Slim Cessna (Cessna’s Auto Club)

If you've ever seen Slim Cessna's Auto Club in concert, then you know that the backwater revival isn't dead- It has just changed. With their legion of banjos, jugs, slide guitars, and harmonickers, SCAC don't so much play to their audience as they pull them from their seat and baptize them in an orchestra of Americana. Masterfully mixing folk, country, blues, gospel, and gothic into a singular shifting pylon of sound, the group pays tribute to the roots of the USA, but for some reason, always seem to have a sinister bent to their twang.

This uneasy marriage of the holy with the horrific is never more apparent than on the groups newest disc, Unentitled. The group touches on the concept of self, religion, and communication with the Divine father in some depth, but never make it clear if they are pro or con. Topped by their thick melange of American bred instrumentation, Unentitled leaves the listener with more questions than answers. In order to pry down into the group's twisting message, staff interviewer John Gentile dandied himself up in a 12 gallon hat and some nice overalls, and then rode to yonder prairie to ask Slim about the new album, his contact with the popular culture, and why he doesn't know what it is that he's talking about.

What is it exactly, to which we are not entitled?
Hopefully, that’s something people will discover as they study the songs. It is an album that celebrates the spineless and the weak… and not in a good or bad way.

You’ve previously said that this is your take on pop songs. Can you elaborate on that?
Yeah, I don't know. It's hard to say what I meant on that. Sometimes I just say something off the top of my head. Perhaps there is some truth to that. More so in just trying to make something in 3 or 4 minutes songs, instead of epics. I don't know if that means it is pop music, but we even tried to add some hooks.

Along those lines, the new album has a song titled "Do You Know Thee Enemy?" Is that a Green day reference?
No, that's an example of us not knowing what’s going on. That's just incidental. In retrospect, I suppose I could say that it was intentional, though. It wasn't our goal to have a message for punk rockers. It's our goal to make good music and allow it to come from us. Every album that we make is different. From an audience perspective, the difference can be drastic.

People often refer to you as gospel and country. Do you intentionally write music in that vein, or does it just come out of you that way?
It's just how it comes about. There is kind of a fairly gospel-ly song on the new album. It's about how my family got screwed in Colorado. They are churchgoing people and it concerns how they were treated. The song just became that. It became natural.

We make music to follow the story. The story can have different layers and the music goes along with that path. Everyone in the band has a role to push the story in a sense. Our music is at least at the foundation.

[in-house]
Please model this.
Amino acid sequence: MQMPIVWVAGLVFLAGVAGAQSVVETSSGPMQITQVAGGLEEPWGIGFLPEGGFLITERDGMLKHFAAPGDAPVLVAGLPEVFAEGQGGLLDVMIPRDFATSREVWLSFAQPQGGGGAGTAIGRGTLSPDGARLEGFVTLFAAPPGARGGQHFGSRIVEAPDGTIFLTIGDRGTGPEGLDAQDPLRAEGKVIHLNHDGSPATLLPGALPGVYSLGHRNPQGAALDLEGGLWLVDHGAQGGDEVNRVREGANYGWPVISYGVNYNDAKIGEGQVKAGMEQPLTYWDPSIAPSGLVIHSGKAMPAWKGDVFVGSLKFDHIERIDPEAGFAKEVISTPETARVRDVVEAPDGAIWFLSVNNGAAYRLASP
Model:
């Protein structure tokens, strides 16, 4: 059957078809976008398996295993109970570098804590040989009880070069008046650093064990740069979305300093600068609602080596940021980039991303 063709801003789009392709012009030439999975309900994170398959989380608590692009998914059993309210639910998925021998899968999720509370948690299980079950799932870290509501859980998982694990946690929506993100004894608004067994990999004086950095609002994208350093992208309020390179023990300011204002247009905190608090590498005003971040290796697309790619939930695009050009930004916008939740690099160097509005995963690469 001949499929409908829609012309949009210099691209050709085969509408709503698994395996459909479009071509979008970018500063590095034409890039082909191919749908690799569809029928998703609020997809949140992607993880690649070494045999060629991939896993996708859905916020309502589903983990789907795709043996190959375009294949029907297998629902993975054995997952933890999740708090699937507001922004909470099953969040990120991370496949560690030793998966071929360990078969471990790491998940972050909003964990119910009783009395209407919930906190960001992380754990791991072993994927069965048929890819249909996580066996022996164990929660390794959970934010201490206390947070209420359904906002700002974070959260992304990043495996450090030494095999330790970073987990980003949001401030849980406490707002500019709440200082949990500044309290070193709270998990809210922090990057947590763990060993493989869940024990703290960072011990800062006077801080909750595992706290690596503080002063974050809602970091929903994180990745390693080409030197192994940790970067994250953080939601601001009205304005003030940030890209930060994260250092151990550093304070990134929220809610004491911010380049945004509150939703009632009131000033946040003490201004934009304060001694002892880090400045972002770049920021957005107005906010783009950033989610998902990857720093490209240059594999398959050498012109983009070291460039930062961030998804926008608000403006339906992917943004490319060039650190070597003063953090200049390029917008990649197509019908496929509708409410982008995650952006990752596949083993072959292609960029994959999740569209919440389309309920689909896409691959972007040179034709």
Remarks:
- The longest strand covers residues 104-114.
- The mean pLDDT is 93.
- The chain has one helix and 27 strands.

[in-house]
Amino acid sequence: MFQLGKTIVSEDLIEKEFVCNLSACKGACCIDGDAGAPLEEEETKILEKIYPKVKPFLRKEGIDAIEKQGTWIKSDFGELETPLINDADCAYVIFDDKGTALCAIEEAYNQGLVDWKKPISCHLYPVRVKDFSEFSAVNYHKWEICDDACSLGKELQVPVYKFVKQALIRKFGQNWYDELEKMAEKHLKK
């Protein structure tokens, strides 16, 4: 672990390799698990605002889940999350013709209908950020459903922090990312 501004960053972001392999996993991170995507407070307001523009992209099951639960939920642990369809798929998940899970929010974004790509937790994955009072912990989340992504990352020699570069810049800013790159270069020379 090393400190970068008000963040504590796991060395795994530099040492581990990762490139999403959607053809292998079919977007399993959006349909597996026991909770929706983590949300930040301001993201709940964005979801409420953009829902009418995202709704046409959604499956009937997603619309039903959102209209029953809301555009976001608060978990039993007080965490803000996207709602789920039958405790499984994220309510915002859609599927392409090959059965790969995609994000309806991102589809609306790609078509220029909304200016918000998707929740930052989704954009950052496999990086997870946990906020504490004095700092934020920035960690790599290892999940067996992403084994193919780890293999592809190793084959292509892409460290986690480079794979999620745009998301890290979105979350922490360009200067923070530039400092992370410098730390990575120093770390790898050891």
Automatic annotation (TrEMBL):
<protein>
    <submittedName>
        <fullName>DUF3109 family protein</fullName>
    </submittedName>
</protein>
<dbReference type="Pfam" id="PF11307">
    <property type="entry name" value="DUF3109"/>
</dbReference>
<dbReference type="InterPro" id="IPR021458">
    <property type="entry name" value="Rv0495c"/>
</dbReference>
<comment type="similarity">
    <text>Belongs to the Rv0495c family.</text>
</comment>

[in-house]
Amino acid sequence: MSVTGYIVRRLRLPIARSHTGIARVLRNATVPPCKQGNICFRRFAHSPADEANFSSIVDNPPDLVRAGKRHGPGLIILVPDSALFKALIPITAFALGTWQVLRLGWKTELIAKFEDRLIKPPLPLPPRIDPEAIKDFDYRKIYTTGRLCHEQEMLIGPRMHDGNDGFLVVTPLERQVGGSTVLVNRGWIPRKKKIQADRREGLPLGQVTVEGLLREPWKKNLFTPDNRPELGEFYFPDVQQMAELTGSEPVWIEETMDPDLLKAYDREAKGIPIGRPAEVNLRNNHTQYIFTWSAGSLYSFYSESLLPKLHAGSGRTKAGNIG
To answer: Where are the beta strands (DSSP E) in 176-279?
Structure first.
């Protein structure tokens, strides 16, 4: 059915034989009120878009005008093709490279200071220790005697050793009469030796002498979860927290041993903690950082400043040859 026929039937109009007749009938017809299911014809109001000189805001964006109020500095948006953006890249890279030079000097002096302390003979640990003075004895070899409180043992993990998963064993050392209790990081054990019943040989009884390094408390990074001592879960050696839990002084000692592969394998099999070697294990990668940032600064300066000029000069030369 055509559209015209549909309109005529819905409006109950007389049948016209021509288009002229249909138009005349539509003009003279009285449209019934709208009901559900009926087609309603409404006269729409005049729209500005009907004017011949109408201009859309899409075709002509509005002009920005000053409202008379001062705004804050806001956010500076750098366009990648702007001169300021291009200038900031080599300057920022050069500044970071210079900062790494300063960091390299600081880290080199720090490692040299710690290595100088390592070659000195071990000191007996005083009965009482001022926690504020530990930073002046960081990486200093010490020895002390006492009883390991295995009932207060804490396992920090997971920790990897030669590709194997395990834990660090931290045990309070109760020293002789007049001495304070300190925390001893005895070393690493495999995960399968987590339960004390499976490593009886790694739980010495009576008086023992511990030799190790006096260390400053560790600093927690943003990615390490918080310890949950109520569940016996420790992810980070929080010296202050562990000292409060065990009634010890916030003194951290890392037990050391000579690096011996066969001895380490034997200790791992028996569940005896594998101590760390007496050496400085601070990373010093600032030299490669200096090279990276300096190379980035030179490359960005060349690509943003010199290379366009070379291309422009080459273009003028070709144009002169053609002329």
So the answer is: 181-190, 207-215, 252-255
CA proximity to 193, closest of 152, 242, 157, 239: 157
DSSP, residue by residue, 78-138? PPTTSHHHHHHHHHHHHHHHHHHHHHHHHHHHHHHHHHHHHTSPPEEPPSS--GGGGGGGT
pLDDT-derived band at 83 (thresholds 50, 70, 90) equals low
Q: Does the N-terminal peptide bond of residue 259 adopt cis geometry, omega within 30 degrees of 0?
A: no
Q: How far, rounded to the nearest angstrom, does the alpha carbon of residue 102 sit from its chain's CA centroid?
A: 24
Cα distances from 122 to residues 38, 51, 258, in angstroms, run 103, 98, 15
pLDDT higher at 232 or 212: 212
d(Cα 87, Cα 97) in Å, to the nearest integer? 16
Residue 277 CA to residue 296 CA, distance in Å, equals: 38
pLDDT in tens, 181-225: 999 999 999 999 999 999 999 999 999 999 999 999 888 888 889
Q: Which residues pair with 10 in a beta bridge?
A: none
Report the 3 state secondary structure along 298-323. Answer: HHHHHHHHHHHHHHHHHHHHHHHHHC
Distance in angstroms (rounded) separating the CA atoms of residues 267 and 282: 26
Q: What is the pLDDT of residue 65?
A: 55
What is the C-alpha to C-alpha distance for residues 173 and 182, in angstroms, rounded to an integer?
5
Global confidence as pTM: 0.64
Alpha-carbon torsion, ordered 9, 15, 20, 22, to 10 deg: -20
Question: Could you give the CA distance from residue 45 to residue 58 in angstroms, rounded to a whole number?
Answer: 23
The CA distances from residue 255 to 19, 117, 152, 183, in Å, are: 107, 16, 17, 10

Is Gospel music a dying art?
There is musical inspiration. I don't think our music is anything that is relevant to the genre as a whole though. We obviously like Gospel and old country, but there's new country music that I haven't heard and there's old punk that I still enjoy, and hopefully all of that influences us. The mark of a true artist, not that [a true artist] is what I'm pretending to be, is where we just let it become what it is.

Unentitled has some heavy thermos of religion, and the characters of the songs often meet unfortunate ends. Are you making a statement with regard to religion?
I don't think that we are trying to make any statement. It's more in telling the story. We are trying to be true to the characters in the stories. Sometimes it can about someone superstitious, maybe someone individualistic, or someone spineless.

In the band, you share frontman duties with Jay Munly, who also does a good deal of writing for the band. How does this dynamic affect the group?
I don’t know. I don't like how this will sound… but, I don't even know what I'm talking about in some of the songs. We just make the song and it becomes what it is. Sometimes, it's about relationships or sometimes it’s about something totally unrelated to anything and that turns into a song. I would say Munly writes the majority of the songs, and he comes from a different angle that even I am capable of completely understanding. One of my jobs is to fight for that myself and get my own perspective into the music.

The settings of your songs are often in middle America, as opposed to the coasts, while popular media is dominated by what's happening on the coasts. Are you consciously trying to inform the East and the west about what goes on in the middle?
I don't think anything about music from the east or west coast. I think that our stories are about wherever we are more than anywhere else.

Any last comments for the Punknews readers?
I guess I would like them to know we hope they listen to and enjoy the record. It's for all of us and for them. We are pretty selfish people in that we make music for ourselves first. Hopefully people buy this and tell their friends. I think that something we have accomplished is that it doesn't matter what kind of music you like, we have something for you.